Pipe Bursting Provides New Path in Texas

Texas contractor retools and refocuses his business to take advantage of the growing pipe bursting market.
Pipe Bursting Provides New Path in Texas
Crew member Oscar Gutierrez stows rods as new pipe is pulled into place on a municipal pipe bursting job.

Interested in Municipal/Industrial?

Get Municipal/Industrial articles, news and videos right in your inbox! Sign up now.

Municipal/Industrial + Get Alerts

“I happened to be driving past a sewer line replacement job and saw a very long piece of pipe on the ground,” recalls Newell, the owner of No-DigTec, based in Dallas. “I was so curious about what was going on that I had to pull over and find out. I couldn’t figure out what in the world they were doing with such a long piece of pipe.

“I talked to the contractor and he told me about pipe bursting,” he continues. “I thought to myself, ‘Wow – this is the future.’ At the time, I was seeing (horizontal) boring rigs everywhere, putting in fiber-optic lines, and I knew that eventually it just wouldn’t be economically feasible to do open-cut utility installations, because all those dry utility lines would be in the way. That’s what prompted me to get into pipe bursting.”

The chance encounter turned out well for Newell. Today, No-DigTec is the largest pipe bursting contractor in north Texas and one of a handful of firms nationwide that has the expertise and equipment to burst large-diameter pipes (generally defined as 24 inches and larger). Moreover, since Newell founded the company in 2000, No-DigTec has invested about $3 million in equipment, employs about 25 people and will gross about $10 million in revenue for 2015.

“Like I tell people, every now and then in life opportunity knocks on the door,” the folksy, plain-spoken Newell says. “You have to at least open the door and greet it to see if it’s something you want to take advantage of. Lots of opportunities exist if people just stop and look around. It turned into a pretty good little thing for us.”

Along with the financial success, Newell has become a recognized expert in the field. His company has worked with HammerHead (a brand owned by Charles Machine Works) to test new trenchless equipment. He also periodically serves on expert panels at trenchless technology trade shows, sits on the board of directors of the Underground Construction Technology Association and lectures seniors in the engineering program once every semester at the University of Texas at Arlington. Not bad for a guy who 15 years ago didn’t know a bursting hammer from an expander head and whose company generated only several hundred thousand dollars in gross revenue in its first year of operation.

“I’m self-taught and knowledgeable about pipe bursting,” he says. “And I believe I should share that knowledge with all those young engineers. They can take this technology and refine it — take it to the next level. This is an industry that’s just getting started and has a bright future ahead of it.”

Powerful technology

Pipe bursting technology was developed in England during the 1980s. In essence, it involves pulling — under extremely high pressure — a conical-shaped device called an expander head (also referred to as a bursting head) through the pipe that’s being replaced.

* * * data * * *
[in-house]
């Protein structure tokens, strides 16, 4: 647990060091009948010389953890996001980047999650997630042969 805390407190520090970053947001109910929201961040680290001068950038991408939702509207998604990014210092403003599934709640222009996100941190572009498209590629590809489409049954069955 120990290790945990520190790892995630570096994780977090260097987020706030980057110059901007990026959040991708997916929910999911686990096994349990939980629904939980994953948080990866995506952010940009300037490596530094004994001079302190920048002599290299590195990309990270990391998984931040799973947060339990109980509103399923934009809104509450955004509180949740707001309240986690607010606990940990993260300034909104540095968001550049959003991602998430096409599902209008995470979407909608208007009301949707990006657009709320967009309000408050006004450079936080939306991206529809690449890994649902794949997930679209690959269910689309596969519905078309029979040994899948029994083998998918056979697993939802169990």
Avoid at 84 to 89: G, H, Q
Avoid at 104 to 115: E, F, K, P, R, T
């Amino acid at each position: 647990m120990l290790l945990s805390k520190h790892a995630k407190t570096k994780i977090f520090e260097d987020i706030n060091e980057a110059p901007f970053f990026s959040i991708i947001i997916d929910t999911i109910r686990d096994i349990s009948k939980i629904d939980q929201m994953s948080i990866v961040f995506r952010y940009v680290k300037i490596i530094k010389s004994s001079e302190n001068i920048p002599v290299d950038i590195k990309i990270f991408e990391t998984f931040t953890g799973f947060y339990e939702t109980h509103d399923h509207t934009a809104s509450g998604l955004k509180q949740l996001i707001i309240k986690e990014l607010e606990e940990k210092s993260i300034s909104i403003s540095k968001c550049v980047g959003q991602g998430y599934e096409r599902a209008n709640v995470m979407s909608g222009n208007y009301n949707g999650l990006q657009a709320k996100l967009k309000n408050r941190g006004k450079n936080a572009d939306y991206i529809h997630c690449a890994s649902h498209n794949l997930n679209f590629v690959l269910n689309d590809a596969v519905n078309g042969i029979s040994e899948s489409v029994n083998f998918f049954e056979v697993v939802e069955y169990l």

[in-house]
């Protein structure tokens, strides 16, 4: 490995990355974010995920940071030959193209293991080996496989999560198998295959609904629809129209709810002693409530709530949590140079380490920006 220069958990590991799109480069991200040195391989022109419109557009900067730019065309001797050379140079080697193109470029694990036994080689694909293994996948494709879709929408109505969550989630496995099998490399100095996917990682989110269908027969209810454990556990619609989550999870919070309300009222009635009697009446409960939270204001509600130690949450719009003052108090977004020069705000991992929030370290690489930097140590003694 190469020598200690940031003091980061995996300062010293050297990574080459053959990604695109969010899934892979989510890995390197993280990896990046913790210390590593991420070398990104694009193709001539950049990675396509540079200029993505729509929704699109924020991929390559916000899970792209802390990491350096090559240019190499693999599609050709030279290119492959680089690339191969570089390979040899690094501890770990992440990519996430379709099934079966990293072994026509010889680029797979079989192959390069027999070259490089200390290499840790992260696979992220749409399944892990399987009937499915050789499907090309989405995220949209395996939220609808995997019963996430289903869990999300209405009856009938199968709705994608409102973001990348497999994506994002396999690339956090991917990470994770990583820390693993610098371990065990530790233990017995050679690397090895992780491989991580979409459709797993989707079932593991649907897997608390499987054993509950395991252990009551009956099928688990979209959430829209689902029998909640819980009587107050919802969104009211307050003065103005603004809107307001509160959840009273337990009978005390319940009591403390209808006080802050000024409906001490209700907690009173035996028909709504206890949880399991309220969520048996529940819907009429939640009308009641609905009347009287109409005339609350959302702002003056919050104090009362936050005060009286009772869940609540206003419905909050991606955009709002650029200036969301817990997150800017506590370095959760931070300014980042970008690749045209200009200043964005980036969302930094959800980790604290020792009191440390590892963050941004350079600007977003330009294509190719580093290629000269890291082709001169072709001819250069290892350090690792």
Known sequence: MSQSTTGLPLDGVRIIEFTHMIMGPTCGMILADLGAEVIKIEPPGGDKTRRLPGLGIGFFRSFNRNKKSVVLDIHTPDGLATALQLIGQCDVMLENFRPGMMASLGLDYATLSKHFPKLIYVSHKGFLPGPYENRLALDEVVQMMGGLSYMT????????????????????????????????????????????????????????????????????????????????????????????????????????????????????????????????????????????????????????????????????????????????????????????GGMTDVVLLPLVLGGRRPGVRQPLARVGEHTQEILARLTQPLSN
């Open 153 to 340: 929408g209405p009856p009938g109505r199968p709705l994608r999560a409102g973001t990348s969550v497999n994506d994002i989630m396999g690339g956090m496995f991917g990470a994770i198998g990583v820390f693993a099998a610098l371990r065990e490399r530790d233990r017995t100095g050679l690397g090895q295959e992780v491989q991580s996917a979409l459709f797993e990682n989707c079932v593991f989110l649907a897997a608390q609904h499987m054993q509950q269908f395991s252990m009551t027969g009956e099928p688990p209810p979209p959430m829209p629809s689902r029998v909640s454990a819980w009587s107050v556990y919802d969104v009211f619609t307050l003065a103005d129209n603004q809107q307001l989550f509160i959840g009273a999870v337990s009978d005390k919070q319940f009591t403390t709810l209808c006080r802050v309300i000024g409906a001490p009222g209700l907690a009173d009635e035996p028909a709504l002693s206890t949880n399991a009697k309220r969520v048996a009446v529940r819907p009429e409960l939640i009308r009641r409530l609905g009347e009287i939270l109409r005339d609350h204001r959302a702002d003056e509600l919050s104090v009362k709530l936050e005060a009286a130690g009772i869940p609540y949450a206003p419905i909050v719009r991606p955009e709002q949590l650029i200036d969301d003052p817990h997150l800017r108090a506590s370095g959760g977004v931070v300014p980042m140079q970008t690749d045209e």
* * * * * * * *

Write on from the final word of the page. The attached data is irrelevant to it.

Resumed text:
A length of pipe — typically sections of high-density polyethylene (HDPE) pipe that are fused together — gets connected to the rear of the expander head. Because the back end of the expander head is larger than the host pipe, it fractures the pipe as it’s pulled through, clearing a path for the new HDPE pipe following behind it. With the right equipment and soil conditions, almost any kind of pipe — from clay and cast iron to concrete and malleable steel — can be burst, Newell says.

No-DigTec does both pneumatic and static pipe bursting. The former method is used primarily for replacing gravity-fed pipes, and the latter mainly for replacing pressurized pipes. Pneumatic bursting relies on a percussion hammer action to help the expander head break the host pipe. A winch located at ground level maintains constant tension on the bursting head via a thick metal cable. In static pipe bursting, a downhole unit pulls the expander head through the host pipe with series of interconnected rods.

Pipe bursting offers many advantages compared to open-cut installations. First and foremost, the new pipe follows the path of the host pipe, so there’s rarely a problem with hitting other kinds of lines. Other advantages include:

  • About 85 percent less excavation required (the process still requires some excavation — an insertion pit on one end and a receiving pit on the other, plus pits for service reconnections).
  • Significantly faster and more cost-effective installations.
  • Minimal chance of damage to landscapes and things such as trees, patios, buildings and so forth.
  • The ability to upsize pipes for additional flow capacity, sometimes up to five times larger than the host pipe’s diameter.
  • No long-term lane/road closures.
  • Less carbon dioxide emissions from excavation equipment and hauling materials.

Big market potential

Newell didn’t do any formal market research when he founded No-DigTec. What he did know, however, was that a lot of water and sewer infrastructure installed between the turn of the century and the post-World War II years is reaching the end of its useful life span.

“I just knew it was coming,” he explains. “And you can imagine all the stuff — fiber-optic lines and such — that they’ve put on top of those utility lines since then.”